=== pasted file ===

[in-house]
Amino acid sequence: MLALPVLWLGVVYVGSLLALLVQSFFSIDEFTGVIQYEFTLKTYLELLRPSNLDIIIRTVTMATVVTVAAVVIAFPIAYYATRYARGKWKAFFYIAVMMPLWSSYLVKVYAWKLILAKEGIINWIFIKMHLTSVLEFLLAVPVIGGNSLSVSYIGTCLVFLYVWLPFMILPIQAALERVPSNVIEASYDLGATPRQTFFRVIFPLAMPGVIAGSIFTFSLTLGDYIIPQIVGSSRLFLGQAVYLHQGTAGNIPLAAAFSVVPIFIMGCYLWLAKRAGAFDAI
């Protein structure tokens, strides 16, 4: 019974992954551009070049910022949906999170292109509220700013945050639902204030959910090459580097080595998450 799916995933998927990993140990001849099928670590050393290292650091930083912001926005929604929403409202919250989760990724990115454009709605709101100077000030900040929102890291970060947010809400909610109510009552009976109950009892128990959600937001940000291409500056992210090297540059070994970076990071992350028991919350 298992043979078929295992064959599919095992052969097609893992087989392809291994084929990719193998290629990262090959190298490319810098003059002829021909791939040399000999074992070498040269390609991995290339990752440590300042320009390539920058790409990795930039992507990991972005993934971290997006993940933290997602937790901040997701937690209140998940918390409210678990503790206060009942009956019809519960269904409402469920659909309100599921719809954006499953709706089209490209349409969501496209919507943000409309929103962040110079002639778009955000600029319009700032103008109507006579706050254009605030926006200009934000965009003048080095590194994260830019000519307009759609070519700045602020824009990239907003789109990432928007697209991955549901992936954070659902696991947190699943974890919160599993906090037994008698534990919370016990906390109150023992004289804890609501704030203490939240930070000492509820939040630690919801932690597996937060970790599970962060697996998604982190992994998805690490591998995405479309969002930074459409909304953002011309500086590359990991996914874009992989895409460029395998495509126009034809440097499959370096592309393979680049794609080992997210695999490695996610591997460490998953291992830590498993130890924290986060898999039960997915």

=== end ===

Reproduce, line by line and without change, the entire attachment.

[in-house]
Amino acid sequence: MLALPVLWLGVVYVGSLLALLVQSFFSIDEFTGVIQYEFTLKTYLELLRPSNLDIIIRTVTMATVVTVAAVVIAFPIAYYATRYARGKWKAFFYIAVMMPLWSSYLVKVYAWKLILAKEGIINWIFIKMHLTSVLEFLLAVPVIGGNSLSVSYIGTCLVFLYVWLPFMILPIQAALERVPSNVIEASYDLGATPRQTFFRVIFPLAMPGVIAGSIFTFSLTLGDYIIPQIVGSSRLFLGQAVYLHQGTAGNIPLAAAFSVVPIFIMGCYLWLAKRAGAFDAI
């Protein structure tokens, strides 16, 4: 019974992954551009070049910022949906999170292109509220700013945050639902204030959910090459580097080595998450 799916995933998927990993140990001849099928670590050393290292650091930083912001926005929604929403409202919250989760990724990115454009709605709101100077000030900040929102890291970060947010809400909610109510009552009976109950009892128990959600937001940000291409500056992210090297540059070994970076990071992350028991919350 298992043979078929295992064959599919095992052969097609893992087989392809291994084929990719193998290629990262090959190298490319810098003059002829021909791939040399000999074992070498040269390609991995290339990752440590300042320009390539920058790409990795930039992507990991972005993934971290997006993940933290997602937790901040997701937690209140998940918390409210678990503790206060009942009956019809519960269904409402469920659909309100599921719809954006499953709706089209490209349409969501496209919507943000409309929103962040110079002639778009955000600029319009700032103008109507006579706050254009605030926006200009934000965009003048080095590194994260830019000519307009759609070519700045602020824009990239907003789109990432928007697209991955549901992936954070659902696991947190699943974890919160599993906090037994008698534990919370016990906390109150023992004289804890609501704030203490939240930070000492509820939040630690919801932690597996937060970790599970962060697996998604982190992994998805690490591998995405479309969002930074459409909304953002011309500086590359990991996914874009992989895409460029395998495509126009034809440097499959370096592309393979680049794609080992997210695999490695996610591997460490998953291992830590498993130890924290986060898999039960997915």